desirable Salsa social dancerThe aim of this article is to convey the tools, strategy and the know-how of becoming a desirable Salsa social dancer. How to become decent dance partner others look for on the dance floor. 😉 How should you plan and pace your self at night out dancing. What can you do to calm down, when is it time to leave and how should you construct a dance so as to let the “magic moment” evolve with every dance partner?

This article is based on a workshop that we were allowed to give at the Croatian Summer Salsa Festival in Rovinj this weekend, a workshop which again in itself was based on this blog. The organizers of this wonderful festival asked us to teach a long (progressive) workshop, to train the social skills of the dancers. I’d like to summarize the essence of that workshop in this article.

Of course it was also about saving your surrounding dancers from injuries.

One question to you all reading: who doesn’t want to be a desirable dance partner?

The ones who raised their hands now can stop reading here, because they won’t (want to) understand the rest of this article.

But everybody else…please follow me! 🙂

For us, social dancing is about “creating” the best possible (dance) experience for ourselves, our partner AND our dancing environment.

In this article we will discuss the strategy and the mechanics of this process. Later on there will be a 10-step-strategy for creating a smooth Salsa dance!

First of all it’s important to create a good connection with our partner, on more levels than one. People talk about that faaaaar too little in Salsa. Especially compared to other dance styles. Most people get distracted by the sheer number of moves and body movements and start dancing more with themselves than with their partner.
To establish and cultivate this connection, let’s look the analogy.

We want to build a house – THE SALSA HOUSE!

First it needs a plan, a strategy. Then we’ll start with the foundation. Then come the walls, all the installations for electricity, gas, water, the roof and terrace or garden. Then you can start to furnish the house. So far so good…


The foundation – the rhythm

For us the foundation is the rhythm to which we dance Salsa. The famous 123 567 (or any other possibility in other Salsa styles – but at the very least a continuous rhythm that can be described as “short short long, short short long”).

That’s The One Thing, the language, the thing that’s essential for communication in Salsa. That’s the base for words that we “pronounce” in the shape of figures. For most dancers this sounds mundane and self-evident, but often one loses this rhythm during a dance, without noticing it. It just slips away. At some point “maybe” the rhythm might return… Or maybe it won’t at all during this dance.

We should put far more work into automatizing this rhythm, so that we can concentrate on the fun part of Salsa. So that it’s not in our way any more.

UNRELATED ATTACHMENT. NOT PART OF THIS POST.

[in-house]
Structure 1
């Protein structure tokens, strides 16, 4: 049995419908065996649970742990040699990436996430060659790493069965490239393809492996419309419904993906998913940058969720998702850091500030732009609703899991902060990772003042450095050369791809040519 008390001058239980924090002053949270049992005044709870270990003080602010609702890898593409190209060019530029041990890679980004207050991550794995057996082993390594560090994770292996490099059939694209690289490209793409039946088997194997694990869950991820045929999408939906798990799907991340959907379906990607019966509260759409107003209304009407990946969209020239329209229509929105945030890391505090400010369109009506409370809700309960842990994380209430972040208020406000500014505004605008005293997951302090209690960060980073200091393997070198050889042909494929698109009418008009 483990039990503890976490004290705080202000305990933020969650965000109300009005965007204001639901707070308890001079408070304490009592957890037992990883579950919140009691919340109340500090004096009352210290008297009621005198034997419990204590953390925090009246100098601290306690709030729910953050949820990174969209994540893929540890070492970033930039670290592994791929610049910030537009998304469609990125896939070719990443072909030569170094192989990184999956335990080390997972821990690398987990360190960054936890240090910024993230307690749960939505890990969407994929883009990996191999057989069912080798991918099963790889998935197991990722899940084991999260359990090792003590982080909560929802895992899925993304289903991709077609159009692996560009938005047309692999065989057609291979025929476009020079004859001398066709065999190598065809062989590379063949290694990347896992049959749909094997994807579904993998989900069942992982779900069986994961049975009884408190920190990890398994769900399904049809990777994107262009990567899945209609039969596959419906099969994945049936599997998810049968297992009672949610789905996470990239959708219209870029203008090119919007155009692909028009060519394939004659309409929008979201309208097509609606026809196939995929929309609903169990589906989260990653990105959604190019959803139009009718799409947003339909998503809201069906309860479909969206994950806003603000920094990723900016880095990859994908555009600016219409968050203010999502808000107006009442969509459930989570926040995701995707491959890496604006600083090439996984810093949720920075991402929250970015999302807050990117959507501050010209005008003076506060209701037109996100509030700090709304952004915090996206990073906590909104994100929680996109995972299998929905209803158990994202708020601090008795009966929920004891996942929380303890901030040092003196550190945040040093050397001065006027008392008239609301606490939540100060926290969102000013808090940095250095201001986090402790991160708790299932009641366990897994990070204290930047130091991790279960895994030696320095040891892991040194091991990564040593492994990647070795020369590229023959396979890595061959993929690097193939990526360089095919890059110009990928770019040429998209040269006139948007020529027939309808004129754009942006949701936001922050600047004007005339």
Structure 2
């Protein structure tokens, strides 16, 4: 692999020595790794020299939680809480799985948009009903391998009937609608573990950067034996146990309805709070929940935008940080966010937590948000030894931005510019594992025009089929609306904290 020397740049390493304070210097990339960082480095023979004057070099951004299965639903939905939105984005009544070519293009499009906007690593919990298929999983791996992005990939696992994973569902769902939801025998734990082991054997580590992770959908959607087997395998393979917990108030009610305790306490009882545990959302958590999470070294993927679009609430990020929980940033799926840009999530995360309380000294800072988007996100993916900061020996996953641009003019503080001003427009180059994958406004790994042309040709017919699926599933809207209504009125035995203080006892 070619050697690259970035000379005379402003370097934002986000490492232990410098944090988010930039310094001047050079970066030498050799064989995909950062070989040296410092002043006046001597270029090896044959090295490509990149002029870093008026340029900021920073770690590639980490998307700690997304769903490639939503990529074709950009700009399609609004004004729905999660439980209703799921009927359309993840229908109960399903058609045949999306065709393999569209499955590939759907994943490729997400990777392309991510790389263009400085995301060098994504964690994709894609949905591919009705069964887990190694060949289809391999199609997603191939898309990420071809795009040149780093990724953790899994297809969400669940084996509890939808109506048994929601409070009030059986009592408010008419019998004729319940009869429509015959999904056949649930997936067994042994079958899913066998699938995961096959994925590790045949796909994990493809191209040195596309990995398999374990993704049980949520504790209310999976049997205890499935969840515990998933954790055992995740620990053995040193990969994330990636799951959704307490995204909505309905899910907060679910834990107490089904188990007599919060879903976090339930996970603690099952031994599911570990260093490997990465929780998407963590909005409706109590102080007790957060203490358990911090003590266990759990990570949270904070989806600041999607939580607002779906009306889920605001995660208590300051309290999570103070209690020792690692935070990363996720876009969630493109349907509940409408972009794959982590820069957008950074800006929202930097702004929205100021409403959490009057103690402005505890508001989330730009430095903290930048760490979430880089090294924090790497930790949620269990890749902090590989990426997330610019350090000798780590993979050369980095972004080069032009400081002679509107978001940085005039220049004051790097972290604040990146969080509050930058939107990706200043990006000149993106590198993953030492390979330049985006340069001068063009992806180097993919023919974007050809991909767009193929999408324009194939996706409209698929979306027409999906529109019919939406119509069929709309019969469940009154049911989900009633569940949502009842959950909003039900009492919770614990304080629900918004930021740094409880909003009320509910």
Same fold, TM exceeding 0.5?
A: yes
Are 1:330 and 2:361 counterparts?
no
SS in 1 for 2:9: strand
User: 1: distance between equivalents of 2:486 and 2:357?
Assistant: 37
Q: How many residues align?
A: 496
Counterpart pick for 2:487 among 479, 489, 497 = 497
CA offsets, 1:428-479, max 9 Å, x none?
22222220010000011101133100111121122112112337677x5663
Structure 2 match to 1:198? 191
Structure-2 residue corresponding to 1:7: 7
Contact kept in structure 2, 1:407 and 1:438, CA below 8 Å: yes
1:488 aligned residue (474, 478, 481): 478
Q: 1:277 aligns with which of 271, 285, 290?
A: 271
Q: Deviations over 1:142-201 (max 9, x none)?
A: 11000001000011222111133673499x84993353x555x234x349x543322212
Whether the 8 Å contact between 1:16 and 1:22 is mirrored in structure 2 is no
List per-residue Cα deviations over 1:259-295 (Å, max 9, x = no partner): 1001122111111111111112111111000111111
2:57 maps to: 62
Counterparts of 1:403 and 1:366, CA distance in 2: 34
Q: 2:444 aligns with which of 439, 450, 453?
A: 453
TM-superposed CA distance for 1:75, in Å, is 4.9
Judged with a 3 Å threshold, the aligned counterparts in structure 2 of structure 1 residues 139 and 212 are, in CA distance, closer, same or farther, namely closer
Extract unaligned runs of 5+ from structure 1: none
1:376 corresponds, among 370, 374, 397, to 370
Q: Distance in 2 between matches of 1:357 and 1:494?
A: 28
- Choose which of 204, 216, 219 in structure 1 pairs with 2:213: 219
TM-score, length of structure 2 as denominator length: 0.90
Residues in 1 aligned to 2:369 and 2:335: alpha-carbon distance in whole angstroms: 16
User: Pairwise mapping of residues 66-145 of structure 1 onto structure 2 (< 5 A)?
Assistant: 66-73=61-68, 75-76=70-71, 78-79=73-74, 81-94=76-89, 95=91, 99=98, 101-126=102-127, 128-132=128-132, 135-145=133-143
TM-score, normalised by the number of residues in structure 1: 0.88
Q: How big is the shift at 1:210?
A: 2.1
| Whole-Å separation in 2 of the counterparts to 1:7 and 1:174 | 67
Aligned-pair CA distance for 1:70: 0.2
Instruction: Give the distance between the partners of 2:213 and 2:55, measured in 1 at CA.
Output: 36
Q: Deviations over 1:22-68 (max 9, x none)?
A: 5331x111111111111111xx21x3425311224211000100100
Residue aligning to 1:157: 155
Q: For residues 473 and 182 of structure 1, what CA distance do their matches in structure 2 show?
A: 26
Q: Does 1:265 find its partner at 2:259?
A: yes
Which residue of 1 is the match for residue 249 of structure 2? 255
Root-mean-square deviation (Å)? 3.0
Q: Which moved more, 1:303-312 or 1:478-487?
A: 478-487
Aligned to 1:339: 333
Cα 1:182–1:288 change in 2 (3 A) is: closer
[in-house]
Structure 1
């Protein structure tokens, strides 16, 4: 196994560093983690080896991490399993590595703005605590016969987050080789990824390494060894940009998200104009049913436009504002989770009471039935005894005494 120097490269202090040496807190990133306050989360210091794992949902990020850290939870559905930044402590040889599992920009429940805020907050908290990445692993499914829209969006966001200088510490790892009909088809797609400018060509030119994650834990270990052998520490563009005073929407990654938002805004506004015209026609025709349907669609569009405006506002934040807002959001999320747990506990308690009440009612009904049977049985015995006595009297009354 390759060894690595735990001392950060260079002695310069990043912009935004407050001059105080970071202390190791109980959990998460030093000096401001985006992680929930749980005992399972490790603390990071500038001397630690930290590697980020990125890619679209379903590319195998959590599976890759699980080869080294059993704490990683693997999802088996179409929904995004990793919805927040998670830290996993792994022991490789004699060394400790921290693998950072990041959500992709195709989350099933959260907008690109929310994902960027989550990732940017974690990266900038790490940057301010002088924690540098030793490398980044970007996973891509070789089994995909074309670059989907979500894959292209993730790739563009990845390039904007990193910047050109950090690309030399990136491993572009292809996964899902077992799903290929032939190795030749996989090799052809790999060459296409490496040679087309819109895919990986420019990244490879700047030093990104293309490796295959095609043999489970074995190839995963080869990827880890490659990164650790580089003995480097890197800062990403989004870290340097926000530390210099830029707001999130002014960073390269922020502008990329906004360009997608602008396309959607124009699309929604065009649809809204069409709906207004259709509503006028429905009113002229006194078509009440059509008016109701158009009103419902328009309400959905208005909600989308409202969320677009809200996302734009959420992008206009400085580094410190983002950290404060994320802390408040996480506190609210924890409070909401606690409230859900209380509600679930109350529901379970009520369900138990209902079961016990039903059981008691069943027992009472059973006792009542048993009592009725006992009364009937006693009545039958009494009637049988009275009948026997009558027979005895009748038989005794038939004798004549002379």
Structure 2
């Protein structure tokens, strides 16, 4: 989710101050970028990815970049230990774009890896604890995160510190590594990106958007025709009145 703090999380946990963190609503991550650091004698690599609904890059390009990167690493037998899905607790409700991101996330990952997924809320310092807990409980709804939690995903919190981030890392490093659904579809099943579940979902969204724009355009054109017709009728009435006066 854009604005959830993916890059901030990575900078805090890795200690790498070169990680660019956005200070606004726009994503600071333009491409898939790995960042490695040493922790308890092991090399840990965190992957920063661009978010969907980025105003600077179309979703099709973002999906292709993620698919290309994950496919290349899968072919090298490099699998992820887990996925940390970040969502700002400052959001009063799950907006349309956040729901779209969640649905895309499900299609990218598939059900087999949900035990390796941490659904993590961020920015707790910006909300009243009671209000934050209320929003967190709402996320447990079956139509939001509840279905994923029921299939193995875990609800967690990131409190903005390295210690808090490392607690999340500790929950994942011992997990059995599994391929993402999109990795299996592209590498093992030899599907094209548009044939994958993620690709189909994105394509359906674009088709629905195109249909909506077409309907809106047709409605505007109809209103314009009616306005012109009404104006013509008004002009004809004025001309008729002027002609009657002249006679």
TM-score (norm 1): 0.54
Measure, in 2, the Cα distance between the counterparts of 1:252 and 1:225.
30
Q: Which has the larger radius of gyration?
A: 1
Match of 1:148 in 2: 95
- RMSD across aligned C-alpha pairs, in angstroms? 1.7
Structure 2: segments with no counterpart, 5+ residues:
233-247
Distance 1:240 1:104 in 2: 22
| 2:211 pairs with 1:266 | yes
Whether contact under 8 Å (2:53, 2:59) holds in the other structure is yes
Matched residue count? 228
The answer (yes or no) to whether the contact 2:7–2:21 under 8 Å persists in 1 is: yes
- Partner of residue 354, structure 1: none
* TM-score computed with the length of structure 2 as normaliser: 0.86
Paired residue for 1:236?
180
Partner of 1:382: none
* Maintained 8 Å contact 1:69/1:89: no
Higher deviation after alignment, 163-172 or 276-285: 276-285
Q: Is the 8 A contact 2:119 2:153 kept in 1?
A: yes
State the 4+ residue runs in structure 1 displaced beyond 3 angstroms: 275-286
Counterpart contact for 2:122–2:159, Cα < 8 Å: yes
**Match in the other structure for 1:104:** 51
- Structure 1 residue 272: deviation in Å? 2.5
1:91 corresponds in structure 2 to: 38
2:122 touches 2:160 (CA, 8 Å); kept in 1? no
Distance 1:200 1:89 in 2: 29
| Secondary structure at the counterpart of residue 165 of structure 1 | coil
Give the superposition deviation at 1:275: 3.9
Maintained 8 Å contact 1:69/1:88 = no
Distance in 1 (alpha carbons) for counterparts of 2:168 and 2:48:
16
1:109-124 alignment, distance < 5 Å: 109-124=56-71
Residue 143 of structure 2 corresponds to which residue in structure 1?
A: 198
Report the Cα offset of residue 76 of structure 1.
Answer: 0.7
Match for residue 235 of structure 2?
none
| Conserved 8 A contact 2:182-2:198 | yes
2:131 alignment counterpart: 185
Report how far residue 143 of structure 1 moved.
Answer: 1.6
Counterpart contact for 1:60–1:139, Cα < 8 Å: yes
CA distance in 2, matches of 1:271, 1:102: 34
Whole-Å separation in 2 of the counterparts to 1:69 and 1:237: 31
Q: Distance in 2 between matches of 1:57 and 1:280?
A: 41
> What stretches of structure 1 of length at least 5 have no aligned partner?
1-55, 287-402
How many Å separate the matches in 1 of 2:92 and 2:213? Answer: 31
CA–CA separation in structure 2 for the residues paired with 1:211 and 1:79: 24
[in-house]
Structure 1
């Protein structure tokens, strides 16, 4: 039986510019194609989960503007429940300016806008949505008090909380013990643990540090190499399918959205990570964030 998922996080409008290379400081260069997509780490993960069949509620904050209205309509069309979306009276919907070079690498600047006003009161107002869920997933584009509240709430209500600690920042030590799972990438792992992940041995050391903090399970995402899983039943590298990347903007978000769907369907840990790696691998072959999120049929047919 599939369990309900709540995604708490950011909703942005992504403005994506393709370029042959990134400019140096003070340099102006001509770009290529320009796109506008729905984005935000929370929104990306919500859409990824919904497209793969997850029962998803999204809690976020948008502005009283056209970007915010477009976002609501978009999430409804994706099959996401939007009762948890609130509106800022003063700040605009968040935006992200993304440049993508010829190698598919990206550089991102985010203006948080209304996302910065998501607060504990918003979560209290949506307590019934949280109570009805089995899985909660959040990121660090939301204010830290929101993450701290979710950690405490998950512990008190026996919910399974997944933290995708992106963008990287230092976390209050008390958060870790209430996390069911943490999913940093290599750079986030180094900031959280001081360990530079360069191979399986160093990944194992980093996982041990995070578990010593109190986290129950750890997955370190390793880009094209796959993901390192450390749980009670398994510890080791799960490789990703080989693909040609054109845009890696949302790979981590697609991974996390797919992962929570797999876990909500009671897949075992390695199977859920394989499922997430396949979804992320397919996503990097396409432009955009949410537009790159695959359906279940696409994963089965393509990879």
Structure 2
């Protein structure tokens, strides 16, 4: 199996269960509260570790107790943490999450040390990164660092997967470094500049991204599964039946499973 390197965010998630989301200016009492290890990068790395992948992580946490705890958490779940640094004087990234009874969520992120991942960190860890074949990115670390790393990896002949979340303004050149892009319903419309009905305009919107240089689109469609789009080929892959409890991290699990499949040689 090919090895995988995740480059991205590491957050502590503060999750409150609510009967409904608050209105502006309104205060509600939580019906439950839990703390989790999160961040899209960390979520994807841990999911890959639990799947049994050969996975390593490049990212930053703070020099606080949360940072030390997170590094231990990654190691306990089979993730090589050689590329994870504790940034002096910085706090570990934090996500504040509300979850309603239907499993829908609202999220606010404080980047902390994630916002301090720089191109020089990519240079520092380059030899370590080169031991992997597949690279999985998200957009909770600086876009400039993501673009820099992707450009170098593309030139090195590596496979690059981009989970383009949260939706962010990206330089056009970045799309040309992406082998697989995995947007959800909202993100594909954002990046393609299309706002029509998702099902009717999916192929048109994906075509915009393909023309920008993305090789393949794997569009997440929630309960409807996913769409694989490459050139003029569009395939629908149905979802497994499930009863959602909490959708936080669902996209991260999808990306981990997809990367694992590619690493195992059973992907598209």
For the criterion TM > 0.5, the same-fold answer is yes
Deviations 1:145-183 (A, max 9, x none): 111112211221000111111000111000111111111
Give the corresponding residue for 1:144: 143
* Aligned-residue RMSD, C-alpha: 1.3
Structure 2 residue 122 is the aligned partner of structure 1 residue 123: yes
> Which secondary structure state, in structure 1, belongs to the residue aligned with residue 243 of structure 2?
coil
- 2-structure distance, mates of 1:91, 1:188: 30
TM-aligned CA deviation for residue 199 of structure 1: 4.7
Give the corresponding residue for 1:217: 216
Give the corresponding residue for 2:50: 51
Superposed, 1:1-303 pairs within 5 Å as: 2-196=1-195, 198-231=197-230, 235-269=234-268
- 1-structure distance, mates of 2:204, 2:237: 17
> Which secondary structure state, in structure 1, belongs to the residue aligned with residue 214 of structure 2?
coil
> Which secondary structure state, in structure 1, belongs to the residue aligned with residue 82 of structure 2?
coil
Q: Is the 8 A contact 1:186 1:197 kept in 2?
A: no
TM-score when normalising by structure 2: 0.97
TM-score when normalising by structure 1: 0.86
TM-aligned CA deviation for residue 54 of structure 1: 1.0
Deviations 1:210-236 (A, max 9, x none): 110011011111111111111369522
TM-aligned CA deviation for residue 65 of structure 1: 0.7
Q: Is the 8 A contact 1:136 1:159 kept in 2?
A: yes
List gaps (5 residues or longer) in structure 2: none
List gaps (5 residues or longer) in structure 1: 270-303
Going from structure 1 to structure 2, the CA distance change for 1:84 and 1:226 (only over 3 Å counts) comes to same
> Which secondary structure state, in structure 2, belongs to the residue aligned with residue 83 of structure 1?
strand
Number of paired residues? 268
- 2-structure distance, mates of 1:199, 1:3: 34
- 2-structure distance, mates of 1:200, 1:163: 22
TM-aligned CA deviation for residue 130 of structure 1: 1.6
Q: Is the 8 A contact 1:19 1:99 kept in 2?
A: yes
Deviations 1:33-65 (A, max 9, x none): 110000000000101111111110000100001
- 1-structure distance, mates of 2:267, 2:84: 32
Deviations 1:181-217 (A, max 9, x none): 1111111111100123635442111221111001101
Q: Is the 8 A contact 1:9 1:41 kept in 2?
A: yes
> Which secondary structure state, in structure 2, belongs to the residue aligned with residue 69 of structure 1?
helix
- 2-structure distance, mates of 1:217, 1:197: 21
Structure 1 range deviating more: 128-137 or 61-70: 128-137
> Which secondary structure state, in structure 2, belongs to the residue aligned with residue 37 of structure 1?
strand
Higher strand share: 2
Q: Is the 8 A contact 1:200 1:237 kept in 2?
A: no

This isn’t primarily about steps, it’s more about absorbing the rhythm – the movement of the music – in our whole body.

So if you want to have a stable foundation for your “house” you should look into the Salsa rhythm as soon as possible and “train” it so persistently, until it becomes part of a natural movement.

Listen to Salsa music, move to it at home, during your everyday work, sing along to it and try to dance this rhythm with different parts of your body (shoulders, upper body, hips, feet, etc.).

The walls – essential Salsa elements

The essentials, as I call them, are basic Salsa elements that make up the structure of the dance. It’s the basic turns which most more complex figures build up on. I’ll repeat that last one: Basic turns, THAT THE MORE COMPLEX FIGURES BUILD UP ON.

The means there’s not much point in learning more figures without profound knowledge about the essentials. Osbanis, a fantastic Cuban Salsa instructor, got it spot on:
“One should learn to walk first, before learning to run or to sprint.”

I wrote about the basic structure of each dance in this article and especially about the 10 reasons why they are so essential and what we can gain from internalizing them. Here are a few traits of our dance that become more refined by mastering the structure: routine, security, rhythm, focus on the partner, relaxation in the couple, flow, lead & follow, quality of movement, styling, contrast and variety in spite of simplicity.
Do I need to elaborate further about the importance of essentials? 🙂

The roof – partnering skills

A participant in the workshop meant lead & follow by “partnering skills”. But that is just ONE aspect of partnering skills. Lead and follow is the actual mechanics, the execution of the skills in the joint movement.
The skills I’m talking about, include a whole science of communication and the social interaction of people. Of course only the part that you actually put to use in dancing…
One could write whole books on this topic, not just one blog article…

I will try and keep it as short as possible, even if that isn’t one of my strengths. 🙂

The best method of communication is not speaking, it’s listening.

And hardly anybody does it. Most people are already preparing their answer while the other person is speaking, so that they can speak again themselves. Most people like listening to themselves speak. I’m part of most people, by the way. 🙂

I’m not proud of it and I’m working on it.